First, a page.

A pluricentric language has multiple interacting standard varieties. Examples include English, French, Portuguese, German, Korean, Spanish, Swedish, Armenian and Chinese. Monocentric languages, such as Russian and Japanese, have only one standardized version.
A standard variety is developed from a group of related varieties. This may be done by elevating a single variety, such as the local variety of a center of government or culture. Alternatively, a new variety may be defined as a selection of features from existing varieties. A fixed orthography is typically created for writing the variety. It may be codified in normative dictionaries and grammars, or by an agreed collection of exemplary texts. Whether these dictionaries and grammars are created by private individuals (like Webster's Dictionary) or by state institutions, they become standard if they are treated as authorities for correcting language. A fixed written form and subsequent codification make the standard variety more stable than purely spoken varieties, and provide a base for further development or ausbau. This variety becomes the norm for writing, is used in broadcasting and for official purposes, and is the form taught to non-native learners.
Through this process, the standard variety acquires prestige and a greater functional importance than local varieties. Those varieties are said to be dependent on, or heteronomous with respect to, the standard variety, because speakers read and write the standard, refer to it as an authority is such matters as specialist vocabulary, and any standardizing changes in their speech are towards that standard. In some cases, such as Standard English, this process may take place over an extended period without government intervention. In others it may be deliberately directed by official institutions, such as the Académie française or Real Academia Española, and can proceed much more quickly.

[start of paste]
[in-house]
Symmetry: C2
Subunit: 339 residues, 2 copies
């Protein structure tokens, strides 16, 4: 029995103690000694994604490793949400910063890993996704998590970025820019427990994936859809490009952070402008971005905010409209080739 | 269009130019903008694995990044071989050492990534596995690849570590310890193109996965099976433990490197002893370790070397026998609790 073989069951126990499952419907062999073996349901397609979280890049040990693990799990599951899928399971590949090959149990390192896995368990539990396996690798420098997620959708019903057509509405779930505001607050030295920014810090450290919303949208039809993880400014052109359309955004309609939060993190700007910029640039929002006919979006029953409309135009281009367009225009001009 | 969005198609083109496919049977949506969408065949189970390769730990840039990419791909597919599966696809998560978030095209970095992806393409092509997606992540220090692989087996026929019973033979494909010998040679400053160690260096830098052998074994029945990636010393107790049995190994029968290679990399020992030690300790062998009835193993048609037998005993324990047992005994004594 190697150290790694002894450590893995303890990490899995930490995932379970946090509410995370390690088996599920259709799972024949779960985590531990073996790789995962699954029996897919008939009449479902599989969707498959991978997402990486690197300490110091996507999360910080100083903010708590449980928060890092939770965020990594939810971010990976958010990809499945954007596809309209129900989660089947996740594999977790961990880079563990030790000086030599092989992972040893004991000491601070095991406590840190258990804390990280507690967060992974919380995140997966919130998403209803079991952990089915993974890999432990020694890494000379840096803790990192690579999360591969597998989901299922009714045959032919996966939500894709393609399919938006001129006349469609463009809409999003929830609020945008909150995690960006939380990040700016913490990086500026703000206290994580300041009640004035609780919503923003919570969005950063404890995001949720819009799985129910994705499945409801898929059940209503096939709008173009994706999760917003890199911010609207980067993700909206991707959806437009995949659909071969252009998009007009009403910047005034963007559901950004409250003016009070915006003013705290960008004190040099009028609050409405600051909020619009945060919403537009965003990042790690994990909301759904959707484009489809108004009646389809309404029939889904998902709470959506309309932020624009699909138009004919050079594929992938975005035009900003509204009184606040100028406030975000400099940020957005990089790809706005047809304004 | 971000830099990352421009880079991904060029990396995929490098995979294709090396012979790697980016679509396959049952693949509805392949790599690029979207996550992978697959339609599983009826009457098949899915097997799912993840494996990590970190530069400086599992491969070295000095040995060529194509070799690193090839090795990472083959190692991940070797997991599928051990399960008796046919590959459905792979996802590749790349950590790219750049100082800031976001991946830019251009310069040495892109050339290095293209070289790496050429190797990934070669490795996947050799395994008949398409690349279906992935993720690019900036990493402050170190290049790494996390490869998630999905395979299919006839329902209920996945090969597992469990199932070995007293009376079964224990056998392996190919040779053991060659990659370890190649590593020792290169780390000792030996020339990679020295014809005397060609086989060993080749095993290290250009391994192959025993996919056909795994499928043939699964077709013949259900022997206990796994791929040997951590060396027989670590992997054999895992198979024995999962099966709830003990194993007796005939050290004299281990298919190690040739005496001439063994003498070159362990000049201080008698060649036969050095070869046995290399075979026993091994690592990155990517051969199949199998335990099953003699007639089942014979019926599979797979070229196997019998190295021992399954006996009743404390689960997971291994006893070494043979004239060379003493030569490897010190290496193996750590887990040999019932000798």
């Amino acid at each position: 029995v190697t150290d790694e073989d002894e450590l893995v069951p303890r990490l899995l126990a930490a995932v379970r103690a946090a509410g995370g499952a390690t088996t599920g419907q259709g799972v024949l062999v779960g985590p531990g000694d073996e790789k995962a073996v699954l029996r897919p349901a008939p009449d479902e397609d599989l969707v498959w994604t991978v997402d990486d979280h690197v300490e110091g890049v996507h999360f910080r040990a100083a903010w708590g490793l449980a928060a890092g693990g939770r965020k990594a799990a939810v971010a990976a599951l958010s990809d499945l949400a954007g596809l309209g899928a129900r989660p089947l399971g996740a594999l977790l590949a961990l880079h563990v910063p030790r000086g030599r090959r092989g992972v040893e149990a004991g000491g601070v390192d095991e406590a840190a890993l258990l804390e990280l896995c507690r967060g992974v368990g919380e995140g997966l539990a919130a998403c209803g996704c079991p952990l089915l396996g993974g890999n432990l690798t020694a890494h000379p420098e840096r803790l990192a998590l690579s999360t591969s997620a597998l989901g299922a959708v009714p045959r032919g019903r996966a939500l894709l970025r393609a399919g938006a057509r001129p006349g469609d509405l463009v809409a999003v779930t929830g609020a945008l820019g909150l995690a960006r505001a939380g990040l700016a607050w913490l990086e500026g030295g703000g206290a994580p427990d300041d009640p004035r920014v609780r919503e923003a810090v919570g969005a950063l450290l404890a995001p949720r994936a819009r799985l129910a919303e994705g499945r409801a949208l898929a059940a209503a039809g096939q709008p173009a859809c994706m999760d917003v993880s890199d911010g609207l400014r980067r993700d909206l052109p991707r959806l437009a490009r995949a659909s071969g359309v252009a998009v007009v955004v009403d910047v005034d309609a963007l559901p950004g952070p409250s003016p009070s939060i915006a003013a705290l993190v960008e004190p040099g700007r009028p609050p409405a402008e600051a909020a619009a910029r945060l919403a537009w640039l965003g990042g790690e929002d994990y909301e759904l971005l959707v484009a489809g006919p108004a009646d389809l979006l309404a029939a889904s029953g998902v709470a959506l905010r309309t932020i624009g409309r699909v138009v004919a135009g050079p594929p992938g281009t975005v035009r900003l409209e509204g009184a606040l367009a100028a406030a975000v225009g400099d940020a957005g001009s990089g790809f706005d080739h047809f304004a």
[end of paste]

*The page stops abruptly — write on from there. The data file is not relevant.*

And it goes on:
Language standardization is often linked to the formation, or attempted formation, of nation states, as language is seen as the vehicle of a shared culture. Different national standards derived from a dialect continuum may be regarded as different languages, even if they are mutually intelligible. The Scandinavian languages, Danish, Norwegian and Swedish, are often cited as examples.
In other cases governments or neighbouring populations may seek to deny a standard independent status. In response, developers of a standard may base it on more divergent varieties. Thus after Norway became independent at the start of the 20th century, the Bokmål standard based on the speech of Oslo was felt to be too similar to Danish by Ivar Aasen, who developed a rival Nynorsk standard based on western varieties. Similarly, when a standard was developed in the Yugoslav republic of Macedonia from local varieties within a continuum with Serbia to the north and Bulgaria to the east, it was deliberately based on varieties from the west of the republic that were most different from standard Bulgarian. Now known as Macedonian, it is the national standard of the independent Republic of Macedonia, but viewed by Bulgarians as a dialect of Bulgarian.